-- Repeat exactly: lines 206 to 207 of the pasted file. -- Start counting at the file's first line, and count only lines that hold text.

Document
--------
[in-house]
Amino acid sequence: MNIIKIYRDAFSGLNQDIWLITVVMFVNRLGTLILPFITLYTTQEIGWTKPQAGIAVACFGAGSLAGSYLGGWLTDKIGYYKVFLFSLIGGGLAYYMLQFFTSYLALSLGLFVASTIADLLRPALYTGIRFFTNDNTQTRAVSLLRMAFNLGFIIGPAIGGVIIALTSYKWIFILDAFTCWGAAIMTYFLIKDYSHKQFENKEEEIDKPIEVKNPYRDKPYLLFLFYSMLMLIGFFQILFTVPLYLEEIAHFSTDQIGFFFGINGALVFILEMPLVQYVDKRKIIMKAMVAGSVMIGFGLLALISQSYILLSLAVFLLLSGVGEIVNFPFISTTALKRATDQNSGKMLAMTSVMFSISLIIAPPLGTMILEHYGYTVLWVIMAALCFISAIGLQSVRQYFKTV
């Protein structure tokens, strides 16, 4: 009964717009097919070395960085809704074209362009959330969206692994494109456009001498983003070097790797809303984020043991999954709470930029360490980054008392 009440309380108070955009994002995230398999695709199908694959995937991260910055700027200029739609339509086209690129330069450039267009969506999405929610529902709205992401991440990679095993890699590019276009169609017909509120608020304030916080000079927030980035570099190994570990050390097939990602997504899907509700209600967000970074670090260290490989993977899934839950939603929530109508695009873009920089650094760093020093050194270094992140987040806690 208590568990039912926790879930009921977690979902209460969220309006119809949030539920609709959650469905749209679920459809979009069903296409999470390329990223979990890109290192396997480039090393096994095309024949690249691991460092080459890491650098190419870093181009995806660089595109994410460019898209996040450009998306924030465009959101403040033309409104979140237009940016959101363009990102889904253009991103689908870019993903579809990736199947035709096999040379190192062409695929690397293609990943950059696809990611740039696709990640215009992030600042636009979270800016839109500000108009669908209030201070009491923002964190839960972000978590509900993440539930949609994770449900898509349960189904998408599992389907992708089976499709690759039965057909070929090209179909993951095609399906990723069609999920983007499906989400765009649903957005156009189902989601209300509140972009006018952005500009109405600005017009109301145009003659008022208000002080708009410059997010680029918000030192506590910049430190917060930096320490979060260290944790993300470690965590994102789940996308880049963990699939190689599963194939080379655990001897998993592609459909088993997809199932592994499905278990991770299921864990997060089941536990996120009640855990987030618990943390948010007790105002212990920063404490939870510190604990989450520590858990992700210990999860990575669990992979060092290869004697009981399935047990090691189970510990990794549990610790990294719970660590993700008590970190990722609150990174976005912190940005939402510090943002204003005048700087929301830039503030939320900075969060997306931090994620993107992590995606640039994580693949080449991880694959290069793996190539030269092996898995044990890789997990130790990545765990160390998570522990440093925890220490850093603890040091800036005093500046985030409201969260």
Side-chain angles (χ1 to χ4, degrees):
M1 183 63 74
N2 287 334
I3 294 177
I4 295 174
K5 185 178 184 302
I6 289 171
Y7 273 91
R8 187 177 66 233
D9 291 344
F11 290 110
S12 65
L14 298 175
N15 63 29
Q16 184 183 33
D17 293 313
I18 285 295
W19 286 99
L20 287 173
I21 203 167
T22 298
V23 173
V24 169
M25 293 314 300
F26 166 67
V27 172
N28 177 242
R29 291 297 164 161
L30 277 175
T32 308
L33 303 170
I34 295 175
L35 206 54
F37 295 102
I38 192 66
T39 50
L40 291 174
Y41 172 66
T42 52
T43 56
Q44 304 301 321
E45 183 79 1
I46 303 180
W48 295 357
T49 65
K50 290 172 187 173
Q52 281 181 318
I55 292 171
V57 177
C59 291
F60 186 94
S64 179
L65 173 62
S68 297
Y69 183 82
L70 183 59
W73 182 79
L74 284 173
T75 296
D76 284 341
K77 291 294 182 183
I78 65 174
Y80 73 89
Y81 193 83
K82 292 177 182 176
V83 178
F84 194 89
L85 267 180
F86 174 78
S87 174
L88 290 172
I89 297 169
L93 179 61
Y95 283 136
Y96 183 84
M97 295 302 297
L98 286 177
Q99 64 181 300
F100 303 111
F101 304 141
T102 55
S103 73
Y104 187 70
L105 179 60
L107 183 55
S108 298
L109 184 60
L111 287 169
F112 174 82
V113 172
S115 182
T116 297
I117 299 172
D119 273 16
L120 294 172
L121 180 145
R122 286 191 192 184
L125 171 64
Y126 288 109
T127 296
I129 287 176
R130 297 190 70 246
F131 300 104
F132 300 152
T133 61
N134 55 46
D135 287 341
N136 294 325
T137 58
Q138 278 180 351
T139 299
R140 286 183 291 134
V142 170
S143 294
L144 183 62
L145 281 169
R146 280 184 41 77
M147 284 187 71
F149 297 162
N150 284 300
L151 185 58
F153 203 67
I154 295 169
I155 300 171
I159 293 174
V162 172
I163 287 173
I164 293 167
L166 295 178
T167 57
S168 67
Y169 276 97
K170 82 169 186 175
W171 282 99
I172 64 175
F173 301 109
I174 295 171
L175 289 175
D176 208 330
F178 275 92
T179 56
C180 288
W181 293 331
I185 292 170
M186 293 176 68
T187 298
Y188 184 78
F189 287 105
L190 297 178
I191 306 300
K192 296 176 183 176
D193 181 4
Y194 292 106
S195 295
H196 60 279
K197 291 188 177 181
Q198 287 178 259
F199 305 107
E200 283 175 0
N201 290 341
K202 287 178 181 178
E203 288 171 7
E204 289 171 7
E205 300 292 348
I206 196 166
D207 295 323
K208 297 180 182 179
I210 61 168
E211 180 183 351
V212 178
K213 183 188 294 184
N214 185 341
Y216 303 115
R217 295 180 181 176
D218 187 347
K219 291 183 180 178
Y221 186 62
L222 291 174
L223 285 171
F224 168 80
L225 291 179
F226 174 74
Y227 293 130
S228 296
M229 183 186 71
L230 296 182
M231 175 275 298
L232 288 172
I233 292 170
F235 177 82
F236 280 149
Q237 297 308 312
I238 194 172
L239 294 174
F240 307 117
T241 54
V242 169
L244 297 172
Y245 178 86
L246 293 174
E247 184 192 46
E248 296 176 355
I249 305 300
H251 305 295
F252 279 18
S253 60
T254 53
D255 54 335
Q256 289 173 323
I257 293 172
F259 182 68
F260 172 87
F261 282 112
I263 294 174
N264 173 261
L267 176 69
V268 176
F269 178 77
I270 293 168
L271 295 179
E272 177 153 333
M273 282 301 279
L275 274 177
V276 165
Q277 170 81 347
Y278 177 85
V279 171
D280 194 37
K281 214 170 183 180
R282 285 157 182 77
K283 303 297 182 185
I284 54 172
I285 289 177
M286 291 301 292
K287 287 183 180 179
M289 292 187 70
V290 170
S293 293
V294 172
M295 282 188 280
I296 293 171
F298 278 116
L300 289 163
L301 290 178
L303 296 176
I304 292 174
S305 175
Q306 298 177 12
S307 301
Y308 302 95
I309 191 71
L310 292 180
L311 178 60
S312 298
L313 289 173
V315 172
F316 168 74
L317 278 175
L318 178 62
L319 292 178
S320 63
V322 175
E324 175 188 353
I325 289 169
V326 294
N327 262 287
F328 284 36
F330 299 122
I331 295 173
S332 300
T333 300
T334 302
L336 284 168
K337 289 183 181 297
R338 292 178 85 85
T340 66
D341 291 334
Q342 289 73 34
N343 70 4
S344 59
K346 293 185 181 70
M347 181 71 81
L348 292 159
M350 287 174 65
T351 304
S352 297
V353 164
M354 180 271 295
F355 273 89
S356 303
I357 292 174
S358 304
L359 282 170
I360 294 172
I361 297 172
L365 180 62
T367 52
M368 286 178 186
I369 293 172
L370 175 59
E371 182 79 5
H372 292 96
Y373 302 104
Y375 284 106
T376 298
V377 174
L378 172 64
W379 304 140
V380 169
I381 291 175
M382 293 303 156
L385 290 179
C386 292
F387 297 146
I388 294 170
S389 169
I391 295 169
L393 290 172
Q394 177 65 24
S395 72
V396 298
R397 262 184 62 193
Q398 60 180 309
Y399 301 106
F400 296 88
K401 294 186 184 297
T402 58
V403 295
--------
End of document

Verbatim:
I249 305 300
H251 305 295